Carolan has been on a sabbatical, staying with guitarist Keith Hinchliffe in Sheffield. Keith is renowned as both an exceptional acoustic guitarist, but also as an arranger with a diverse repertoire. His first album, Carolan’s Dream, a collection of settings of Turlough O’Carolan’s music, was widely acclaimed, while his second, Islands, was lauded by BBC Roots presenter Andy Kershaw as “an excellent album by a wonderful guitar player.” He has since released three further albums of Elizabethan lute works, blues, Latin American pieces, original compositions and of course, more Celtic music, along with several music books. And he was a member of the Albion Band to boot!
To be honest we were a bit worried that Carolan might not want to come back from Sheffield, which nearly proved to be the case. We dropped Carolan off with Keith back in February with the idea of staying for a few weeks, but then came the COVID lockdown and weeks quickly became months. Far from being a disaster, this turned out to be a golden opportunity, giving Keith the chance to really get to know Carolan beyond first impressions, and also to significantly extend its collection of recordings. In Keith’s own words:
“I ended up with the Carolan guitar for quite a while because of the sudden lockdown, and enjoyed playing it from the start. It’s a very easily playable all-round guitar and my first thought was to use it for some of the jazz material I’d been meaning to record. (Despite its name and appearance the guitar has a lot of jazz in its ancestry.) As is often the way with these things, I didn’t get round to the recording until the deadline of the guitar’s return to home was looming, but I now have quite a lot of unedited material to work through at my leisure. Hope there’s something usable there ! Apart from that I tried it out on most of the things I know. I also thought a guitar called Carolan should be recorded playing Carolan so I did video versions of a few of my earlier arrangements and one more recent one.”
Keith also tells us about his own personal journey through playing the guitar:
“I didn’t start playing until just before I went to university, having played a little piano before that. Fortunately, I met people in the know at a time when a lot of the major acoustic guitar innovators were at their peak – Jansch, Renbourn, John Martyn, Michael Chapman, Davey Graham etc. It was easy to see these people close up and quite often. My first guitar heroes were Jansch and Chapman. I almost wore out my copy of the Bert Jansch sampler in my first college year and could play “Angie” after what now seems a remarkably short time, but at the expense of my exam results. Because of that background, I found out a lot about alternative tunings and have been experimenting with them ever since. Martin Carthy and Richard Thompson are obviously important here. Of course, all these guitarists lead you back to the real innovators, the early American blues and ragtime guitarists, particularly (in my case) Blind Blake, Big Bill Broonzy, Blind Willie MacTell, Lonnie Johnson etc. I think Carthy once said that he learned more about guitar playing from Broonzy than anyone else, and I can quite understand that, despite the difference of genres.”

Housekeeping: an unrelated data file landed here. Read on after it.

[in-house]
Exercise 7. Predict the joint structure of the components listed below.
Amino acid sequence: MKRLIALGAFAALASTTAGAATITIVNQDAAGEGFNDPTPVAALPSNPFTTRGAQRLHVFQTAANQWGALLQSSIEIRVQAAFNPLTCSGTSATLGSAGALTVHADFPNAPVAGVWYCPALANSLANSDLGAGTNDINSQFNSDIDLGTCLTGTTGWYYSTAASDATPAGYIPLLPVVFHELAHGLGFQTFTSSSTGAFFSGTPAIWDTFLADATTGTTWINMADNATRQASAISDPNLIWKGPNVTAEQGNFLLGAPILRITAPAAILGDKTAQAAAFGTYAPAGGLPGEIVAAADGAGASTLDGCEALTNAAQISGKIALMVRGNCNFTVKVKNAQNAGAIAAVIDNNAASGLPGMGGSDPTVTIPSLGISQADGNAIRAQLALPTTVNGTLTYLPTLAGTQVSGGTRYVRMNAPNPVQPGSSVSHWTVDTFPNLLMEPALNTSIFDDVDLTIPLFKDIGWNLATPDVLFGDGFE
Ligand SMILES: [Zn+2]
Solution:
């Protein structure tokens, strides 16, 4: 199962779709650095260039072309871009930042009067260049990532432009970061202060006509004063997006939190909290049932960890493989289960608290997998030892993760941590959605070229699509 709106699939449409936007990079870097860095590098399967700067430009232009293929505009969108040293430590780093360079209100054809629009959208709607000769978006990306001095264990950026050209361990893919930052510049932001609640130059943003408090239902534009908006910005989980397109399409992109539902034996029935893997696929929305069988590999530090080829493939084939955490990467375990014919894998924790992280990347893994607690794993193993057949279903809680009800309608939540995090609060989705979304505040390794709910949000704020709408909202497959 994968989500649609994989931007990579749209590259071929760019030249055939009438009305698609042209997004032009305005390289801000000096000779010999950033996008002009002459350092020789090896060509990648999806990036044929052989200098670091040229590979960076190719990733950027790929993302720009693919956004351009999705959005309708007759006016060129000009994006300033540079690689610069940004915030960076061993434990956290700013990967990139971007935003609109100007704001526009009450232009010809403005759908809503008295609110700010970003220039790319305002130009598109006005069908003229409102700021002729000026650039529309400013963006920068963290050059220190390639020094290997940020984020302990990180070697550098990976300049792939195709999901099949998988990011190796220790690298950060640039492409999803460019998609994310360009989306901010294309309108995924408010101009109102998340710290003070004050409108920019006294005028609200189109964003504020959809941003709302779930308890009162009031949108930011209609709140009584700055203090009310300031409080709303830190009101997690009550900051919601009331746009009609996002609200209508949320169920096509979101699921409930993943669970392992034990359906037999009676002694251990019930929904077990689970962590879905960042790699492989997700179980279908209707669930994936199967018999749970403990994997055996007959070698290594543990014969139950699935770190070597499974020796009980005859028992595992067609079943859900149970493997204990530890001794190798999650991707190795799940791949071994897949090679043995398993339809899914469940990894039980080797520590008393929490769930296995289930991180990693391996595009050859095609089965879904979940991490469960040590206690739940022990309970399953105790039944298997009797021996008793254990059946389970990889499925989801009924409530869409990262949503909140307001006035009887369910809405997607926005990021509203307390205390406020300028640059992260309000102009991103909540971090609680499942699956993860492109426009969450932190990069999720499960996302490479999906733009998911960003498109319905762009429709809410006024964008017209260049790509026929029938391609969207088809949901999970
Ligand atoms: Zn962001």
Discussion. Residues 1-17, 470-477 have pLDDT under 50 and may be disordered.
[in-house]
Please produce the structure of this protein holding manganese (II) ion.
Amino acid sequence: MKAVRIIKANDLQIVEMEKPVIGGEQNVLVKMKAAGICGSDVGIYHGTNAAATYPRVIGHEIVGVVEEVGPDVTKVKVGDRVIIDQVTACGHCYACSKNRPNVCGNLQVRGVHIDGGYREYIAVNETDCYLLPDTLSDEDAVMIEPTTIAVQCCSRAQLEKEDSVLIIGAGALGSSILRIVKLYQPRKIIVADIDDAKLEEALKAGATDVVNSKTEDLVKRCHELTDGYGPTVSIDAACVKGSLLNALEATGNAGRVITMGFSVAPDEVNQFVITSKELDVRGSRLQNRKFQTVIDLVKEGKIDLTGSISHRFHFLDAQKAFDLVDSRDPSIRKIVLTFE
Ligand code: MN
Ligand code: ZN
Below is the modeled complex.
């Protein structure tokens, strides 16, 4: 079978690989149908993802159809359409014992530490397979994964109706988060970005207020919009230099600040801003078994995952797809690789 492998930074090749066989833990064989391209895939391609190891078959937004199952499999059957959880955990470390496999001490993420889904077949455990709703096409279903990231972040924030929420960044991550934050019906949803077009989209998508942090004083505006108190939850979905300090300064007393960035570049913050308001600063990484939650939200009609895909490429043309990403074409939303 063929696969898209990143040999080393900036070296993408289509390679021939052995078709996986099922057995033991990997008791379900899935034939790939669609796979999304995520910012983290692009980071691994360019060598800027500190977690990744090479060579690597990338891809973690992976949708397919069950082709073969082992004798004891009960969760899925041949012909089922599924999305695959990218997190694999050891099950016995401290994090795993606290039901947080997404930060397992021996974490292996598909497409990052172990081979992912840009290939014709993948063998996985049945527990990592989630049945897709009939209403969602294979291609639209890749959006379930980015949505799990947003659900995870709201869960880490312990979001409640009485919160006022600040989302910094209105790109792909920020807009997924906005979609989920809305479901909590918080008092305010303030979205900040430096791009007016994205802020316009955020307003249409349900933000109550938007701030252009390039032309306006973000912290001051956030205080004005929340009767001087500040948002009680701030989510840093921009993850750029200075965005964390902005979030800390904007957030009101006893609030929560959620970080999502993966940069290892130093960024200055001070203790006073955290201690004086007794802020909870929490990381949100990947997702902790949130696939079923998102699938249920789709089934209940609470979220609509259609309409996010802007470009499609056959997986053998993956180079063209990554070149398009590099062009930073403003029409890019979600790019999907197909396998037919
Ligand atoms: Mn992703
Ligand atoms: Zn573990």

Keith has recorded four new pieces for us. First, is O’Carolan’s Cremonea.
We’re impressed by the sound that he conjures forth from Carolan. Of course, much of this lies in his approach to arranging the tunes in the first place.
“My first album (apart from an early cassette-only collection) was Carolan’s Dream in 1993. I’d been interested in Celtic harp music for some time and working towards an all-Carolan record that would have some unity of atmosphere because of the musical personality of the composer, and also bring some of the character or ‘sound-world’ of the Celtic harp across to the guitar. I’d already learned a lot about the effects of different guitar tunings, and interpreting the harp tunes pushed me further in that direction. I was interested in what the old Celtic harpers called the ‘ringing of the harp-space’ and the ‘harmony of freely resonating strings.’ where the modal character of the music creates unusual harmonic overtones, especially on the older metal-strung harps.”
Keith’s next piece for us is Carolan’s Receipt for Drinking.
Of course, the guitar itself also contributes to the sound and Keith has some reflections here too: